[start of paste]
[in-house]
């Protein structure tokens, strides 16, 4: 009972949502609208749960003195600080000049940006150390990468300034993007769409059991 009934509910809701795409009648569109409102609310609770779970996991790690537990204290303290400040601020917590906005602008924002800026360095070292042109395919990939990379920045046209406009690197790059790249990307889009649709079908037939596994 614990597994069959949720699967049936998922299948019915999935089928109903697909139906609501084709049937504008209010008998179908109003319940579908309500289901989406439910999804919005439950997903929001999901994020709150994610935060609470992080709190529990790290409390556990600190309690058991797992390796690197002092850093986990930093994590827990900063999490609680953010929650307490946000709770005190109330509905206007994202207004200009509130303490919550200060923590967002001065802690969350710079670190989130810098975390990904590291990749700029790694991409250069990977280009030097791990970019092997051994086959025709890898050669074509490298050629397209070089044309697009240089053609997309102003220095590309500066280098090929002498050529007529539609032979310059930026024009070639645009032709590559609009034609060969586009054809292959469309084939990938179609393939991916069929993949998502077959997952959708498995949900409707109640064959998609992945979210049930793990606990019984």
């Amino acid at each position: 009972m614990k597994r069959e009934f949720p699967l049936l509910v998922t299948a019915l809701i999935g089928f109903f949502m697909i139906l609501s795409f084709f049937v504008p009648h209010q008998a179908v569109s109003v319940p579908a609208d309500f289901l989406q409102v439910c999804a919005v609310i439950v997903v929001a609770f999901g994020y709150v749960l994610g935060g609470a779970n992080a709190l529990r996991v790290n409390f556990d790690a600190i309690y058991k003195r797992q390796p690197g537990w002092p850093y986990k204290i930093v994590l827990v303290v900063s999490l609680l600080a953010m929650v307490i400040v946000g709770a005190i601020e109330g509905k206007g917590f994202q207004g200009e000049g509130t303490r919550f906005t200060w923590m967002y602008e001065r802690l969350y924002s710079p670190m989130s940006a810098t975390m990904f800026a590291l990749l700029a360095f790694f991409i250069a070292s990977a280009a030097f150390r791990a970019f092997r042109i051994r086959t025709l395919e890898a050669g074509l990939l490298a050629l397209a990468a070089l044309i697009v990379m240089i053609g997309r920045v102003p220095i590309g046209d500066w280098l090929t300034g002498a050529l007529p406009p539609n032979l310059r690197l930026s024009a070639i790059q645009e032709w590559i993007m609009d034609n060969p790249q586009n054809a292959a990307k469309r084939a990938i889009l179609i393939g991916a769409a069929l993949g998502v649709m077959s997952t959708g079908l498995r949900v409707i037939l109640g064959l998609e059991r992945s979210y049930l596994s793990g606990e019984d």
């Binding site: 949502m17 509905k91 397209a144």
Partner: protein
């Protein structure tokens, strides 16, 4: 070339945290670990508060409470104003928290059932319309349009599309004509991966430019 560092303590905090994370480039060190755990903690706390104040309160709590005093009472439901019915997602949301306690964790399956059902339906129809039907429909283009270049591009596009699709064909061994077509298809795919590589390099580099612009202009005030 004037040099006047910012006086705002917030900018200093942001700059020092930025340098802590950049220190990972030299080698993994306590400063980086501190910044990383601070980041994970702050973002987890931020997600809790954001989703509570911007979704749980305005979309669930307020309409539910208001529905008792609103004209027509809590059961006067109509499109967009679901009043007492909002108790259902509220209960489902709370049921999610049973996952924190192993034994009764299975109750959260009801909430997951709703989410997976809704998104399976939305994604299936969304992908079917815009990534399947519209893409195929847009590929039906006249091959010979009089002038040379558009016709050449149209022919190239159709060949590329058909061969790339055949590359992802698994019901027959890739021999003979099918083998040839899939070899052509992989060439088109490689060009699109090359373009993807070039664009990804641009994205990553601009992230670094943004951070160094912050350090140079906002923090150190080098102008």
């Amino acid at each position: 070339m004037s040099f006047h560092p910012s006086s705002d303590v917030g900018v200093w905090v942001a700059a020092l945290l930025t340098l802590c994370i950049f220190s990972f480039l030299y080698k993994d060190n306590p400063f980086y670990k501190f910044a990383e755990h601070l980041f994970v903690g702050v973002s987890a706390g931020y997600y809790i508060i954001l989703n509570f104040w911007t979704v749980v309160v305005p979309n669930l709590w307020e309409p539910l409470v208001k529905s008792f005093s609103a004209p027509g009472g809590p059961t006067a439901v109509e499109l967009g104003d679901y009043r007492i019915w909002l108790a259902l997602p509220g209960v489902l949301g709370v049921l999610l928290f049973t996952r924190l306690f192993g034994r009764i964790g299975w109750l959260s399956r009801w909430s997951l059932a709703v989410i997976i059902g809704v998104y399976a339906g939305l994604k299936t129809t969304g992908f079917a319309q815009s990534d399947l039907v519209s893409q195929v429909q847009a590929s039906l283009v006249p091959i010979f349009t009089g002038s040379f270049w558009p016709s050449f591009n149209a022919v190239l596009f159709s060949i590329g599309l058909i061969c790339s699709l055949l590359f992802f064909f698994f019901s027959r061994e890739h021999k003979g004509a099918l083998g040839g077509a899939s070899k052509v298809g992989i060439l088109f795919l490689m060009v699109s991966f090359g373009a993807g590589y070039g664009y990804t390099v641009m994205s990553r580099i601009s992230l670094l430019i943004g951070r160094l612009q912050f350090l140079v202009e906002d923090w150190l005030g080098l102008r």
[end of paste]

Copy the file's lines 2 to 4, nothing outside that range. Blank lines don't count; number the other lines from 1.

């Protein structure tokens, strides 16, 4: 009972949502609208749960003195600080000049940006150390990468300034993007769409059991 009934509910809701795409009648569109409102609310609770779970996991790690537990204290303290400040601020917590906005602008924002800026360095070292042109395919990939990379920045046209406009690197790059790249990307889009649709079908037939596994 614990597994069959949720699967049936998922299948019915999935089928109903697909139906609501084709049937504008209010008998179908109003319940579908309500289901989406439910999804919005439950997903929001999901994020709150994610935060609470992080709190529990790290409390556990600190309690058991797992390796690197002092850093986990930093994590827990900063999490609680953010929650307490946000709770005190109330509905206007994202207004200009509130303490919550200060923590967002001065802690969350710079670190989130810098975390990904590291990749700029790694991409250069990977280009030097791990970019092997051994086959025709890898050669074509490298050629397209070089044309697009240089053609997309102003220095590309500066280098090929002498050529007529539609032979310059930026024009070639645009032709590559609009034609060969586009054809292959469309084939990938179609393939991916069929993949998502077959997952959708498995949900409707109640064959998609992945979210049930793990606990019984």
């Amino acid at each position: 009972m614990k597994r069959e009934f949720p699967l049936l509910v998922t299948a019915l809701i999935g089928f109903f949502m697909i139906l609501s795409f084709f049937v504008p009648h209010q008998a179908v569109s109003v319940p579908a609208d309500f289901l989406q409102v439910c999804a919005v609310i439950v997903v929001a609770f999901g994020y709150v749960l994610g935060g609470a779970n992080a709190l529990r996991v790290n409390f556990d790690a600190i309690y058991k003195r797992q390796p690197g537990w002092p850093y986990k204290i930093v994590l827990v303290v900063s999490l609680l600080a953010m929650v307490i400040v946000g709770a005190i601020e109330g509905k206007g917590f994202q207004g200009e000049g509130t303490r919550f906005t200060w923590m967002y602008e001065r802690l969350y924002s710079p670190m989130s940006a810098t975390m990904f800026a590291l990749l700029a360095f790694f991409i250069a070292s990977a280009a030097f150390r791990a970019f092997r042109i051994r086959t025709l395919e890898a050669g074509l990939l490298a050629l397209a990468a070089l044309i697009v990379m240089i053609g997309r920045v102003p220095i590309g046209d500066w280098l090929t300034g002498a050529l007529p406009p539609n032979l310059r690197l930026s024009a070639i790059q645009e032709w590559i993007m609009d034609n060969p790249q586009n054809a292959a990307k469309r084939a990938i889009l179609i393939g991916a769409a069929l993949g998502v649709m077959s997952t959708g079908l498995r949900v409707i037939l109640g064959l998609e059991r992945s979210y049930l596994s793990g606990e019984d």
């Binding site: 949502m17 509905k91 397209a144």